New mural is up in Scout Hut

Bret Benton admires a new mural depicting the old water wheel, now at Berry, which was originally constructed in the late 1800s in the Shannon community. The mural is the first phase of a major historic information project inside the buildings at Shag Williams Park being undertaken by the Watters District Council for Historic Preservation.

Aside from photographs of the Ford buildings at Berry College, there are few images more iconic than the old water wheel at the mill of the mountain campus.

Few folks probably realize that the historic old wheel was originally located in the Shannon community. A new mural depicts what historians believe the water wheel and its setting would have looked like around 1870.

Rome artist Frank Murphy has completed the huge mural inside the new addition to the Shannon Scout Hut at Shag Williams Park.

According to information developed by the Watters District Council for Historic Preservation, the massive 42-foot wheel was part of the Ridge Valley Mill and Gin, located about half a mile southwest of Hermitage Spring.

Readers today might better pinpoint the location as approximately half a mile northeast of the Marglen Industries plant on Ward Mountain Road.

Originally, the mill was built on property that was once considered to be a part John Ridge’s farm. Ridge was the son of Major Ridge, leader of the party that developed the Treaty of New Echota which led to the Cherokee removal and the Trail of Tears.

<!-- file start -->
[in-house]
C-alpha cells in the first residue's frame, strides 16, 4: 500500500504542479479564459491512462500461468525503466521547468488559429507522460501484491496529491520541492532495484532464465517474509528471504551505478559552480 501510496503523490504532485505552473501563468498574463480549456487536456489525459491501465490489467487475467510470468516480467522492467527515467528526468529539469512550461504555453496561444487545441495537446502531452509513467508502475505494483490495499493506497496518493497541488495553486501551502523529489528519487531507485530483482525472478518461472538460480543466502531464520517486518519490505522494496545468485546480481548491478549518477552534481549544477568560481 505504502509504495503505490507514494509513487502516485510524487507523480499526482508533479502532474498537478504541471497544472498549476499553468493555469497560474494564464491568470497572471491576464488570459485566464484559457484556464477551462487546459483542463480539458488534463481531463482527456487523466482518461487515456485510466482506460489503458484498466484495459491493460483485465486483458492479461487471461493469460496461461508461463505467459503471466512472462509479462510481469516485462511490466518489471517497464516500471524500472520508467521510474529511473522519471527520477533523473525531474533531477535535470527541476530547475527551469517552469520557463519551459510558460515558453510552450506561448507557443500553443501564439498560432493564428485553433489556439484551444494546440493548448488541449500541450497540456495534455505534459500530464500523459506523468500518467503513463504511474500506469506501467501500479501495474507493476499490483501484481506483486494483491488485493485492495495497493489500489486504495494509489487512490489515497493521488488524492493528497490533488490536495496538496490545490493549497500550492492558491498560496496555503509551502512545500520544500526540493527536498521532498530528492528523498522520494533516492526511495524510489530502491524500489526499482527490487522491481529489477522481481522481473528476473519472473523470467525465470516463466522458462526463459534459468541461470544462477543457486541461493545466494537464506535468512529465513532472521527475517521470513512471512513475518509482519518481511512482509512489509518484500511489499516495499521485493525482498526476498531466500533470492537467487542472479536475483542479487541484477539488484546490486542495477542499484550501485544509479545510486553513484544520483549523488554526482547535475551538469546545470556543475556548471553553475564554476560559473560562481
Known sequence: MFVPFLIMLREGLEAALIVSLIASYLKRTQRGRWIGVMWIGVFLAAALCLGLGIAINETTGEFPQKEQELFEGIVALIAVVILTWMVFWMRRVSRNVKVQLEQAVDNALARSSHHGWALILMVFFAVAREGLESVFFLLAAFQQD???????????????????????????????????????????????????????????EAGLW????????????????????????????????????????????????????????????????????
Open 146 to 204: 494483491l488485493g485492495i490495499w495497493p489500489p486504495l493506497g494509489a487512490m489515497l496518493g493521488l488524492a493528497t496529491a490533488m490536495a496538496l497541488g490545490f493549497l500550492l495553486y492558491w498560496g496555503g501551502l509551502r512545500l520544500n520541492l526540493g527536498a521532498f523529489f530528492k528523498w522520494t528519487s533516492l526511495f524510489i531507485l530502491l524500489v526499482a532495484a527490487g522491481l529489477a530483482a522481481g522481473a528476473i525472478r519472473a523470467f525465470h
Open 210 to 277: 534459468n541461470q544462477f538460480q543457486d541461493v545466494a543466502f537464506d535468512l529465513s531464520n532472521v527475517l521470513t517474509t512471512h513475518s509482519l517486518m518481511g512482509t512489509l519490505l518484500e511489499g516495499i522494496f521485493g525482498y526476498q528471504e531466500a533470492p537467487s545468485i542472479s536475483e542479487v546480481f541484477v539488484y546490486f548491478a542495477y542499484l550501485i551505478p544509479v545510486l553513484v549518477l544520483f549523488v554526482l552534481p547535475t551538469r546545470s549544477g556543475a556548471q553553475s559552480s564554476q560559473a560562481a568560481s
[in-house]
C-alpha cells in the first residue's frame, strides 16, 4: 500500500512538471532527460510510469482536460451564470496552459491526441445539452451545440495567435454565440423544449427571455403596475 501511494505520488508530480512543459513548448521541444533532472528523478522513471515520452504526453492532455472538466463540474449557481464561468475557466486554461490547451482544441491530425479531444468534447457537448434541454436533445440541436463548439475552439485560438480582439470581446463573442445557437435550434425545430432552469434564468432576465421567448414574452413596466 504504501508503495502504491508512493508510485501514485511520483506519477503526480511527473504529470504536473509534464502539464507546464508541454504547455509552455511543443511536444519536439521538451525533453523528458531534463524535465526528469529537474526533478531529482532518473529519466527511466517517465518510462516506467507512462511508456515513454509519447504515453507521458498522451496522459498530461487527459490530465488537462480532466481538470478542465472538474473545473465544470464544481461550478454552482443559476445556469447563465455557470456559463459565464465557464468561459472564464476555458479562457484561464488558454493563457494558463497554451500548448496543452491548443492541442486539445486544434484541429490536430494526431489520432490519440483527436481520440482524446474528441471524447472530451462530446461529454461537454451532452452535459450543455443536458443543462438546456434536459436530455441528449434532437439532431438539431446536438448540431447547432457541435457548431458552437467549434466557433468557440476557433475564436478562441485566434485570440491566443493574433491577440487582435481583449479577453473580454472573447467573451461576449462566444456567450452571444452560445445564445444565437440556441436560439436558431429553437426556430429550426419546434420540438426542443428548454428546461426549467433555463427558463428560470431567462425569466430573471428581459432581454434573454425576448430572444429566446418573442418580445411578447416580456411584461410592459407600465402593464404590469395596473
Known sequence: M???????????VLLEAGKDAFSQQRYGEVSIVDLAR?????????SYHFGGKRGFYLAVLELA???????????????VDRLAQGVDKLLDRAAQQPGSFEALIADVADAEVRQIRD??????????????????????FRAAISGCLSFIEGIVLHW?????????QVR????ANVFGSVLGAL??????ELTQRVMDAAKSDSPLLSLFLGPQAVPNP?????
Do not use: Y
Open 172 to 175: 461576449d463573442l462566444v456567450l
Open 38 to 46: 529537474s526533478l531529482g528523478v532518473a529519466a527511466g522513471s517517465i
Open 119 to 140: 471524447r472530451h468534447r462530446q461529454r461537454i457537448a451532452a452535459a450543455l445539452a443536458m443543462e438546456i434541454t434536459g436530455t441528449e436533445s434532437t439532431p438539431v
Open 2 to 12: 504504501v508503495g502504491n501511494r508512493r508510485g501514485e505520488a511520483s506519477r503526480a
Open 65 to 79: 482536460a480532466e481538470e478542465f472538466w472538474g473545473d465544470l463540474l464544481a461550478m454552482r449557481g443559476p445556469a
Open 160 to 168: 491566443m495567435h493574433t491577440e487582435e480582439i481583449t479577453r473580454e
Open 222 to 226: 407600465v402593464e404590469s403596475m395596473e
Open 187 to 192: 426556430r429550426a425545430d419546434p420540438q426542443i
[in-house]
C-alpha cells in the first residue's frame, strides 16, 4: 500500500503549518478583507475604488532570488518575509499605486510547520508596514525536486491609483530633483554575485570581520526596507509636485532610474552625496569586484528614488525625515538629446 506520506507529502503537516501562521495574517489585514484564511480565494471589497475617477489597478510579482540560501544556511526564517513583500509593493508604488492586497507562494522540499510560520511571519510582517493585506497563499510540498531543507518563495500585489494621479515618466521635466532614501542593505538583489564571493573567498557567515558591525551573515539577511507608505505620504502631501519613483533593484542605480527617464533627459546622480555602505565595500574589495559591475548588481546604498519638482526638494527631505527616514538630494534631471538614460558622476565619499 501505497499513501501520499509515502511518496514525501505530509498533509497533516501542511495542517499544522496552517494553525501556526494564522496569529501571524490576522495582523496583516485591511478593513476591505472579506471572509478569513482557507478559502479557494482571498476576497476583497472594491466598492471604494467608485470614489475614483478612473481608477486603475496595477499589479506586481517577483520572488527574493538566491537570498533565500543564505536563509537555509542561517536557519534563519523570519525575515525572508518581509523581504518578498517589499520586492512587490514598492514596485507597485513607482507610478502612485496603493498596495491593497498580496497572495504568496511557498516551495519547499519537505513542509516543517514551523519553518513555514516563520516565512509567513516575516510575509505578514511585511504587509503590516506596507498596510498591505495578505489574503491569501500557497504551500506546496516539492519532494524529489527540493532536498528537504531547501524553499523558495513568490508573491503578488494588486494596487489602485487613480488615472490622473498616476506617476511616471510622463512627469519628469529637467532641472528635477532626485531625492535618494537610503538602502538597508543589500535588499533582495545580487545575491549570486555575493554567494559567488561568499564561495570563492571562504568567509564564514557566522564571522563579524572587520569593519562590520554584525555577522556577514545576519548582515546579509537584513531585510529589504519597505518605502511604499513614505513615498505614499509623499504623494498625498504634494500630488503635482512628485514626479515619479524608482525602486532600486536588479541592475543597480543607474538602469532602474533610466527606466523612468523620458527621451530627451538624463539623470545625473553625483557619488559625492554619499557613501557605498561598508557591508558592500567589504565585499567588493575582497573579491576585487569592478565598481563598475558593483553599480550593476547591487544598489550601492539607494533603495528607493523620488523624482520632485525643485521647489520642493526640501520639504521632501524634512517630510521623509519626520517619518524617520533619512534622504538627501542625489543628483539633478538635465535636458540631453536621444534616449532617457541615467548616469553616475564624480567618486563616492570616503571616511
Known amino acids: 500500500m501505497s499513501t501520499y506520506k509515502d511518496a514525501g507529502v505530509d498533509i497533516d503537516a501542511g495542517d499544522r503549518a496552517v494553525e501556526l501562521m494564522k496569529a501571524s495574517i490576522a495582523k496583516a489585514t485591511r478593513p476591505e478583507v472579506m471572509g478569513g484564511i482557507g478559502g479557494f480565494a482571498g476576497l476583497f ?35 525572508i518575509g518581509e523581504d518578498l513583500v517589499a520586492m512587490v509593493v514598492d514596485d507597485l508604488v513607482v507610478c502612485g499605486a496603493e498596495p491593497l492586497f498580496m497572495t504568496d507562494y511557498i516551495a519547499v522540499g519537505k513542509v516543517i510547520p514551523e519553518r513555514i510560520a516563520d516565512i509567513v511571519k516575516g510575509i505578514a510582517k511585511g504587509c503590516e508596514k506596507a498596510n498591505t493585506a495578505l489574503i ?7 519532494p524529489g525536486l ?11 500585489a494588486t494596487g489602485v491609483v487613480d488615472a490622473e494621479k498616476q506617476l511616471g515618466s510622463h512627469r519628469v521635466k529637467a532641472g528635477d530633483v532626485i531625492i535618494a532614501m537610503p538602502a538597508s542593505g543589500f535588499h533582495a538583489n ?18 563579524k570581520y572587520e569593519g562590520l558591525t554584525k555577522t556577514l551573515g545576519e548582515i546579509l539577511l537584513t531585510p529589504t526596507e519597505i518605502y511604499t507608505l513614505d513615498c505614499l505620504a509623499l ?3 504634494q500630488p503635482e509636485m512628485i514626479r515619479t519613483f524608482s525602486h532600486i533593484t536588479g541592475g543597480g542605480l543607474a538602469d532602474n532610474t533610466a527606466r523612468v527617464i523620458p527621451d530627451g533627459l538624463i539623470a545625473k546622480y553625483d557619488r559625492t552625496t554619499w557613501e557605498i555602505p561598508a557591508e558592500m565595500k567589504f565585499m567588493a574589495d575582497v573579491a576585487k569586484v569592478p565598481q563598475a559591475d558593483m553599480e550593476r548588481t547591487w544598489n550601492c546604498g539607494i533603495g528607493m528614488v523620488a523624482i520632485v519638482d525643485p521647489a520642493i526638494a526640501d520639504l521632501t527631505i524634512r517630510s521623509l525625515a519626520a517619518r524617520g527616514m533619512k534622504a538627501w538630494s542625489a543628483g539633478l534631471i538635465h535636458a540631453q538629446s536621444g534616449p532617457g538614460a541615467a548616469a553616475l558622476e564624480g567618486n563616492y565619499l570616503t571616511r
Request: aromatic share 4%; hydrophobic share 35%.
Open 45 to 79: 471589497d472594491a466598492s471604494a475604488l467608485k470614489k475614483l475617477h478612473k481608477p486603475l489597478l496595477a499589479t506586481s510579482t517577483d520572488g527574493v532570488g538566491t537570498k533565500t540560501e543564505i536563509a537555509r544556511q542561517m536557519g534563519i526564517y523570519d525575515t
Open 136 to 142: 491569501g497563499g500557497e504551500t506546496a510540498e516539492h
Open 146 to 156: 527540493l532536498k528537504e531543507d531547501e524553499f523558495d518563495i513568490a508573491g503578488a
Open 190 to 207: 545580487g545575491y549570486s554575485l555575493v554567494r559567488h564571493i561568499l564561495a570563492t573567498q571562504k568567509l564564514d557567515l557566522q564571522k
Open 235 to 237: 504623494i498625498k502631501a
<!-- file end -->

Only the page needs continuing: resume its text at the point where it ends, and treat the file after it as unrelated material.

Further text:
Ridge owned hundreds of acres in the area and had close to 400 acres under cultivation at the time.

Following removal, the mill was owned by settlers. It later became part of property owned by Republic Mining and Manufacturing Company, a subsidiary of The Aluminum Company of America, until it was donated to Berry College in 1930.

The mill was disassembled and moved to Berry, where student workers reassembled it in its current location.

In 1977, the wheel was completely rebuilt by Berry students, staff, alumni and friends. It was dedicated to the memory of Berry alum Gordon Keown on June 3, 1978.

Jack Dickey, a spokesman for the Watters District Council for Historic Preservation, said the mural by Murphy is just the first phase of a major historic project inside the buildings at the park.

“We’re going to put all these pictures on the wall, something over 500 square feet of wall panels,” Dickey said. “It’s probably going to take us about a year to get it all finished up.”

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